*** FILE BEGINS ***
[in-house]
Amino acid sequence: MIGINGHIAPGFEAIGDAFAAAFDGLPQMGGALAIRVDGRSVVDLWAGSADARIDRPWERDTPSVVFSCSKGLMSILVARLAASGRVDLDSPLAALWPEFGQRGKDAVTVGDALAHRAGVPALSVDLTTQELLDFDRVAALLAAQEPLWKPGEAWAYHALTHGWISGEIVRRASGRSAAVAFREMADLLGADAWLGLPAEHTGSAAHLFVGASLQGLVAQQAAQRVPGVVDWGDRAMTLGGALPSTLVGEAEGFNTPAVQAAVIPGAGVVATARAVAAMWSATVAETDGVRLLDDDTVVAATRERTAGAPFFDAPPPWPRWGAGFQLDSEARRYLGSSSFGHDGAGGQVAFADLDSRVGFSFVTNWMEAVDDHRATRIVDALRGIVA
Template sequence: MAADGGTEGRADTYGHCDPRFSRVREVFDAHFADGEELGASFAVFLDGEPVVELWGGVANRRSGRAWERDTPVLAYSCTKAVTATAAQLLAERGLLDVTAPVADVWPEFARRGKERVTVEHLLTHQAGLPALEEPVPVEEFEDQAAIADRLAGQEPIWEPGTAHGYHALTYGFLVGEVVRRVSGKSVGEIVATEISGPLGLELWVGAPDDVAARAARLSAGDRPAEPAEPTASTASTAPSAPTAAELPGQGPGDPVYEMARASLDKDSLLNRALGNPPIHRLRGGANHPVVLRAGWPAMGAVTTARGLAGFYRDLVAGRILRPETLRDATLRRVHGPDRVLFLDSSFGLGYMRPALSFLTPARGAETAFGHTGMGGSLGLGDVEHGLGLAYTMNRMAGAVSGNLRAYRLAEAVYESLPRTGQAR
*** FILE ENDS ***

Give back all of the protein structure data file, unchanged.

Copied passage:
[in-house]
Amino acid sequence: MIGINGHIAPGFEAIGDAFAAAFDGLPQMGGALAIRVDGRSVVDLWAGSADARIDRPWERDTPSVVFSCSKGLMSILVARLAASGRVDLDSPLAALWPEFGQRGKDAVTVGDALAHRAGVPALSVDLTTQELLDFDRVAALLAAQEPLWKPGEAWAYHALTHGWISGEIVRRASGRSAAVAFREMADLLGADAWLGLPAEHTGSAAHLFVGASLQGLVAQQAAQRVPGVVDWGDRAMTLGGALPSTLVGEAEGFNTPAVQAAVIPGAGVVATARAVAAMWSATVAETDGVRLLDDDTVVAATRERTAGAPFFDAPPPWPRWGAGFQLDSEARRYLGSSSFGHDGAGGQVAFADLDSRVGFSFVTNWMEAVDDHRATRIVDALRGIVA
Template sequence: MAADGGTEGRADTYGHCDPRFSRVREVFDAHFADGEELGASFAVFLDGEPVVELWGGVANRRSGRAWERDTPVLAYSCTKAVTATAAQLLAERGLLDVTAPVADVWPEFARRGKERVTVEHLLTHQAGLPALEEPVPVEEFEDQAAIADRLAGQEPIWEPGTAHGYHALTYGFLVGEVVRRVSGKSVGEIVATEISGPLGLELWVGAPDDVAARAARLSAGDRPAEPAEPTASTASTAPSAPTAAELPGQGPGDPVYEMARASLDKDSLLNRALGNPPIHRLRGGANHPVVLRAGWPAMGAVTTARGLAGFYRDLVAGRILRPETLRDATLRRVHGPDRVLFLDSSFGLGYMRPALSFLTPARGAETAFGHTGMGGSLGLGDVEHGLGLAYTMNRMAGAVSGNLRAYRLAEAVYESLPRTGQAR